The coffee doesn’t come first at Seattle’s General Porpoise, but it’s hardly an afterthought. The five-month-old doughnut-centric shop from much-laureled Seattle chef Renee Erickson is also a bustling multiroaster cafe.
General Porpoise is part of a trio of neighboring projects spanning one block in Seattle’s Capitol Hill neighborhood. In order to break up the oversize space, Erickson and her Sea Creatures business partners hatched three concepts: steakhouse Bateau (not your grandpa’s wood-paneled prime-rib den; Bateau is bright, airy, and decidedly Francophile); French-Atlantic-hued Bar Melusine, and—inspired by her experience eating one of Justin Gellatly’s beloved doughnuts at St. John in London—General Porpoise.
It’s a given that if you serve doughnuts, you’re going to pair them with coffee. And, why the hell not, champagne. At General Porpoise, brut, d’Asti, and sparkling rosé are sold by the glass or bottle, with customers mostly indulging on the weekends.
General Manager Jeff Butler came to General Porpoise from Milstead & Co., one of Seattle’s first multiroaster cafes. He’s built a simple menu centered on “coffee fast, coffee slow” offerings. Batch brew is always available for fast service, or slow via Modbar. Splitting the drink menu into speeds has become an icebreaker: Butler estimates that customers inquire about the fast/slow menu split about 20 times a day.
General Porpoise’s roaster list may change, but current offerings are from four: Portland’s Heart Roasters and Dapper & Wise Roasters; California’s De La Paz; and Brooklyn’s Toby’s Estate. You’ll find no Seattle roasters on the roster, which Butler says was determined by cupping blind. “We pulled in tons of stuff over the summer to taste; we did a blind cupping, and none of the names really mattered to [the owners],” Butler says. “They picked their favorites, so that’s what we opened the doors with.”
Pastry chef Clare Gordon landed at General Porpoise by way of Ava Gene’s in Portland, the Italian restaurant owned by Stumptown founder Duane Sorenson, and, most recently, Seattle’s Mamnoon. Gordon prepares the filled-and-sugared style of doughnuts using eggs from Erickson’s Whidbey Island farm and pipes them with lemon curd, chocolate marshmallow, and seasonal fruit jams. They’re a departure from other Seattle doughnut offerings and consistently drum up nostalgia from well-traveled patrons.
“There are tons of people who come in and have these recollections of doughnuts they’ve had in some other place—Iran, Peru, Italy, Germany,” Butler says. “They all have different names or fillings, but there’s something that’s reminiscent.”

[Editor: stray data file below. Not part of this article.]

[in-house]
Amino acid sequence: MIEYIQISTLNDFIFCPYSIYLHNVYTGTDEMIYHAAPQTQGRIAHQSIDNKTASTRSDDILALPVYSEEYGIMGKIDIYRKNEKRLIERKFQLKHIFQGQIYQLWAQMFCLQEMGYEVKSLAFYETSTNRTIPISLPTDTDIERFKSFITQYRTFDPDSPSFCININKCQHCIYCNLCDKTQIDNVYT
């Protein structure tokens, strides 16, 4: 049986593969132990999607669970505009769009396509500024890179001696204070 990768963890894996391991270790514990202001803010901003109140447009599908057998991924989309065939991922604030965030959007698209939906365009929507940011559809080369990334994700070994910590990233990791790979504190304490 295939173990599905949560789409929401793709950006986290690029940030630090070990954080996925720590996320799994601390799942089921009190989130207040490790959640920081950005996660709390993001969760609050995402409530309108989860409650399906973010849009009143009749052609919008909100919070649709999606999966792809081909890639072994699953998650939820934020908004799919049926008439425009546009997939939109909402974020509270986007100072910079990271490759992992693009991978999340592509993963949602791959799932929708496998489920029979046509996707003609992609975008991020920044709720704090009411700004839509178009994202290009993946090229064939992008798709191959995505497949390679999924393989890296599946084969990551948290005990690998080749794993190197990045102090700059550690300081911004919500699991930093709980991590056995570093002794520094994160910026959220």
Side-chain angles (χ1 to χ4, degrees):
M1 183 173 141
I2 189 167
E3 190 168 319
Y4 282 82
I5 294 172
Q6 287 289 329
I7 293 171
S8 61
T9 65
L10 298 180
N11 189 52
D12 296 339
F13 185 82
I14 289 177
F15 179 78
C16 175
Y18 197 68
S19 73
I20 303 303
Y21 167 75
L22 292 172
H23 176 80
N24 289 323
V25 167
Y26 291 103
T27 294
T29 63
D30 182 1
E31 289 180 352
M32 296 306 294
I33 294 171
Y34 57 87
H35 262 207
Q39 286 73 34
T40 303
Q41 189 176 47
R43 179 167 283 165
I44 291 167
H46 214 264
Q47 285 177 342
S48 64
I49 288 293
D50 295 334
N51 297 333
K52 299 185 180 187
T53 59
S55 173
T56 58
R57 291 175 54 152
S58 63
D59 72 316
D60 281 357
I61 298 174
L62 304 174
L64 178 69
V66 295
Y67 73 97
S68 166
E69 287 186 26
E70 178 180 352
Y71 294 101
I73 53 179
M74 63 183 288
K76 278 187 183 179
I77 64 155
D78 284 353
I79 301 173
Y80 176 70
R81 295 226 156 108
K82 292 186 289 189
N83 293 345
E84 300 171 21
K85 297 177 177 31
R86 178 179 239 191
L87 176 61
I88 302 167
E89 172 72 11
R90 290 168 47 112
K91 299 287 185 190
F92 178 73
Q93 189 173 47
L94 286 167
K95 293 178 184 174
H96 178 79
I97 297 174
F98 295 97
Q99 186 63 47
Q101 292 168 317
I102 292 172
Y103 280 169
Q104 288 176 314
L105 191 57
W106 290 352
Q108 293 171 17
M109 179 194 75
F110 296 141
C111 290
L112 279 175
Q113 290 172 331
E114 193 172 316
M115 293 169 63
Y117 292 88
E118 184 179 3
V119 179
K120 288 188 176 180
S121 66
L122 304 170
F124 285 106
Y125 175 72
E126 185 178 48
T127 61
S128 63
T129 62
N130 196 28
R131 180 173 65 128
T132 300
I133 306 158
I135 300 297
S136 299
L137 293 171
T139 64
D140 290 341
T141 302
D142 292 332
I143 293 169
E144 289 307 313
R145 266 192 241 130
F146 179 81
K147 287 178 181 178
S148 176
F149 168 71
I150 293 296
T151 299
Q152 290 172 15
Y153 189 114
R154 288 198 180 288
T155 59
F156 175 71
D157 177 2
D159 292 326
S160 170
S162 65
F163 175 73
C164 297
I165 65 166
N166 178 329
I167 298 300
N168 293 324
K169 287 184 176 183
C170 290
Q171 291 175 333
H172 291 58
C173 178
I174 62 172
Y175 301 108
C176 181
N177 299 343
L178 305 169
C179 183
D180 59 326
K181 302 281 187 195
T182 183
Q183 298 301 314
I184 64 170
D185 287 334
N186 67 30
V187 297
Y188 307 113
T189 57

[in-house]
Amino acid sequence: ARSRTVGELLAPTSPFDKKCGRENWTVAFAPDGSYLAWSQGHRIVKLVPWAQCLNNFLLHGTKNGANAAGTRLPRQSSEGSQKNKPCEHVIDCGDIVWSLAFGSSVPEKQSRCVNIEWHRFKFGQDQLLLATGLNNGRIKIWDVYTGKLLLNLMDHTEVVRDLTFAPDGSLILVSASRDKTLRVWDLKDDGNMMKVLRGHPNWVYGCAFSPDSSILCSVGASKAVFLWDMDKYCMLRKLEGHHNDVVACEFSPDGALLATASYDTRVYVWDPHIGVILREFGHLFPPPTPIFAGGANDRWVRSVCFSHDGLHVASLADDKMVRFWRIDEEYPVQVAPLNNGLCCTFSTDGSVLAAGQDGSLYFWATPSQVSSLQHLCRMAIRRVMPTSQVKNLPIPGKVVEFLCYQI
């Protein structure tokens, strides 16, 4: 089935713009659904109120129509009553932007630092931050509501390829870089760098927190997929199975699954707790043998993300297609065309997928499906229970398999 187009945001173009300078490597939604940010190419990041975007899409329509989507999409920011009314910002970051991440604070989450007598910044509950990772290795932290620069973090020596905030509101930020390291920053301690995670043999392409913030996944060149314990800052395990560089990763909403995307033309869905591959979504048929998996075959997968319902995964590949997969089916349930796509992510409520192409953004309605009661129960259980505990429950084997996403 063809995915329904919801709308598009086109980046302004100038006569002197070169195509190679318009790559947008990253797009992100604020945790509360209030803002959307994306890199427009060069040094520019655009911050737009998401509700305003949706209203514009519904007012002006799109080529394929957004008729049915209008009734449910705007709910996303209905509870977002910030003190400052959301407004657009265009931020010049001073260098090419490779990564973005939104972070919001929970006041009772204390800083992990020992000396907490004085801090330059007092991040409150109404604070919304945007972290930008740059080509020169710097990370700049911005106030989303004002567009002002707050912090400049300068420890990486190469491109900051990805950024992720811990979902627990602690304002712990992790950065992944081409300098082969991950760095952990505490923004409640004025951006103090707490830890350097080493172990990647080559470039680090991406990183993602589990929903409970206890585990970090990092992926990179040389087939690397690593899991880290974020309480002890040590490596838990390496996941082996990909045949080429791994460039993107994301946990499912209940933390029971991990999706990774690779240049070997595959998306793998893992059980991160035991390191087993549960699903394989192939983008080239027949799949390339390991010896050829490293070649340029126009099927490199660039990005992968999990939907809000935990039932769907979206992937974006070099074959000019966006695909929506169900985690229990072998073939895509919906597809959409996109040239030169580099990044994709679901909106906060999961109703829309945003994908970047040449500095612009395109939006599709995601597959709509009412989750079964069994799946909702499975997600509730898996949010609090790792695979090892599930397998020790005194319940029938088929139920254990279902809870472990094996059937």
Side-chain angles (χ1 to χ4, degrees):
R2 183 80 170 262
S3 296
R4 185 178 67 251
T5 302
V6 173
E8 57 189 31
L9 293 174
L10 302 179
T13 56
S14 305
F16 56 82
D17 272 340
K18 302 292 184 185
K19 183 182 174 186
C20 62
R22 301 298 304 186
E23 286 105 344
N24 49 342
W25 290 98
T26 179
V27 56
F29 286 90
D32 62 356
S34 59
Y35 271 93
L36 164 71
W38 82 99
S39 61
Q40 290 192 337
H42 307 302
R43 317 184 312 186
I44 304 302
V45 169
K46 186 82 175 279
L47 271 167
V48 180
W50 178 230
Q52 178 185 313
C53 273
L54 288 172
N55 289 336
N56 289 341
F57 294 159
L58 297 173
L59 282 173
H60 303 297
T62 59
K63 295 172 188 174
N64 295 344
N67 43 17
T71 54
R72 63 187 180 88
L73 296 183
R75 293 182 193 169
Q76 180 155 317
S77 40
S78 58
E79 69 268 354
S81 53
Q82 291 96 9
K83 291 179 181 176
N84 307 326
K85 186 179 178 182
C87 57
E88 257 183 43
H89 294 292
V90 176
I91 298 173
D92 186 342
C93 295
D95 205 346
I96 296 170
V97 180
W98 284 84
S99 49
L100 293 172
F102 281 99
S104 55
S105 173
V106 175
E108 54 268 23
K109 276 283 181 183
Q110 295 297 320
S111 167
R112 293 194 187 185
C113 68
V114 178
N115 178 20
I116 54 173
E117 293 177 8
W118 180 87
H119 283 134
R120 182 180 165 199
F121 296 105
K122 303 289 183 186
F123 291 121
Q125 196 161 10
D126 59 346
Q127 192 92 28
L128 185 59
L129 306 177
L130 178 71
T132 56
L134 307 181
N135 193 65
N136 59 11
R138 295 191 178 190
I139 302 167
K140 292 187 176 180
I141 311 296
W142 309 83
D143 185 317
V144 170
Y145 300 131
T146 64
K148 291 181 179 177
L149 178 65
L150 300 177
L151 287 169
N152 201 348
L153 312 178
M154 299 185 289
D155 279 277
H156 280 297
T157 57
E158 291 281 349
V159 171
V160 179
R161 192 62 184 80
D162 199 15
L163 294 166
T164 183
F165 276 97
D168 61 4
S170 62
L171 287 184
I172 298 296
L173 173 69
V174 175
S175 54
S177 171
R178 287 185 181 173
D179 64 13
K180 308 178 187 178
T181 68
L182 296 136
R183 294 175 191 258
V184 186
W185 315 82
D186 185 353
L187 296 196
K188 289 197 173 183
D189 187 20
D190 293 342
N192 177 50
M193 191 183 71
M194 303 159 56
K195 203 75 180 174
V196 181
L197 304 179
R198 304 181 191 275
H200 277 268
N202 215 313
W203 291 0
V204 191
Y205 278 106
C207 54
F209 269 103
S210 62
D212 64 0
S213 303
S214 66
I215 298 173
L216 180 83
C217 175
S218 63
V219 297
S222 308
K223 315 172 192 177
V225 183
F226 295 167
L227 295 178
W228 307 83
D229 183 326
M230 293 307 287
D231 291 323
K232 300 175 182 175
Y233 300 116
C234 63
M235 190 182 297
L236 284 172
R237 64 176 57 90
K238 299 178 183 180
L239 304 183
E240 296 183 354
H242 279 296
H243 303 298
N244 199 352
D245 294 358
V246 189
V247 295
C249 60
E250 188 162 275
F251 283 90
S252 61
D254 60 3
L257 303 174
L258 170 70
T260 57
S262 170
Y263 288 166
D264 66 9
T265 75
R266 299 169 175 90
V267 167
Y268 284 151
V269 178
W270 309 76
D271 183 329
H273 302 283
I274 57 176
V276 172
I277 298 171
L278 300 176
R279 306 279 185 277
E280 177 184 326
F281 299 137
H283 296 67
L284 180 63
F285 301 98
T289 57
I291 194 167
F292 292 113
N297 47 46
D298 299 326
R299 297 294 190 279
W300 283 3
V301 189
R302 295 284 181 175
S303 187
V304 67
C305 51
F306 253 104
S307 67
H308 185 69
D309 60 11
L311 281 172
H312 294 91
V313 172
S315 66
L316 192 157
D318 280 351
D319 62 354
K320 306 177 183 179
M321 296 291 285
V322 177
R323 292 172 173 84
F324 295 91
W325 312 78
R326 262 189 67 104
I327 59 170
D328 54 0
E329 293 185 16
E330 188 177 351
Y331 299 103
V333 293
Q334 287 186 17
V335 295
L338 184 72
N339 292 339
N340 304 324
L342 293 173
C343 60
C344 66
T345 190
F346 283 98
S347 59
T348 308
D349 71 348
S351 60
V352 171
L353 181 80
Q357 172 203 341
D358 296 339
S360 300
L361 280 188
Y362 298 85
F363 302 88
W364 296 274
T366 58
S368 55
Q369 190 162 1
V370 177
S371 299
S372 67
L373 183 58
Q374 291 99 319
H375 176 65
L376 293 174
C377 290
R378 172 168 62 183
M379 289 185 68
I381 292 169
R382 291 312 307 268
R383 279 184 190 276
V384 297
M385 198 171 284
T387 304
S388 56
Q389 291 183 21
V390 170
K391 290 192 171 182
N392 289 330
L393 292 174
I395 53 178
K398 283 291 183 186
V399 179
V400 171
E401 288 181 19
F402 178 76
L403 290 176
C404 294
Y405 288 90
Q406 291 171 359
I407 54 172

General Porpoise is built on an uncommon cafe business model, and is an experiment into largely uncharted territory: The shop tacks on 10 percent gratuity to all sales and, matching staff at all of Erickson’s businesses, baristas are paid a flat $15 per hour. They also qualify for health care and retirement benefits.
The practice of adding a flat percentage gratuity to checks is being implemented at an increasing number of Seattle restaurants, and Erickson was an early adopter. “Renee wanted to make it work in a cafe setting too, because if it didn’t, it meant there was something flawed about the idea in and of itself,” Butler says.
Seattle passed a $15 wage law in 2015; when enforced, it will make the city’s minimum wage more than twice the current federal level. Seattle businesses with fewer than 500 employees still have a few years until they’re legally required to hit $15, but in order to remain competitive and/or close the wage gap in an increasingly expensive city experiencing an affordable-housing crisis, some restaurants like Erickson’s are ahead of the curve.
General Porpoise opened with a higher rate, adding 20 percent gratuity to sales to match the tip rate at other Sea Creatures restaurants. But after running with it for the first week, “it felt like too much to me,” Butler says. “Ten percent fit the cafe. There’s no cash jar or things to sign. The cleanliness of the customer transaction benefits both of us and is faster for everybody.”
But can a barista earn a competitive wage with a flat service charge but no tips? “Every cafe I’ve worked at is different, so it’s difficult to compare tips with certainty,” Butler says. He says that staff may earn slightly less than baristas at a busy cafe, “but the benefit is that all earned income is shown on check stubs, making getting loans, etc. easier. Add to that health insurance and 401k after a few months of employment as well, making the working experience feel more like a career than a job.” Butler notes that in Seattle, “paper stability” also helps with securing rent in a competitive and overpriced housing market.
Now several months in, Butler is full of praise for the flat tipping model. “We’re part of a restaurant group, so there’s absolutely a restaurant-service mentality overarching this whole service model. Our 10 percent gratuity is split with pastry chef Clare Gordon and her team, the same as the servers and chefs [do] at all of the other restaurants,” Butler says. “The equality between front of house and back of house is what’s important. We’re all one team working together for a common goal of making the best doughnuts and coffee we can, and served with a little warmth and kindness, so that our customers truly enjoy their experience. Happy, well-cared-for employees feel vested in that ideal.”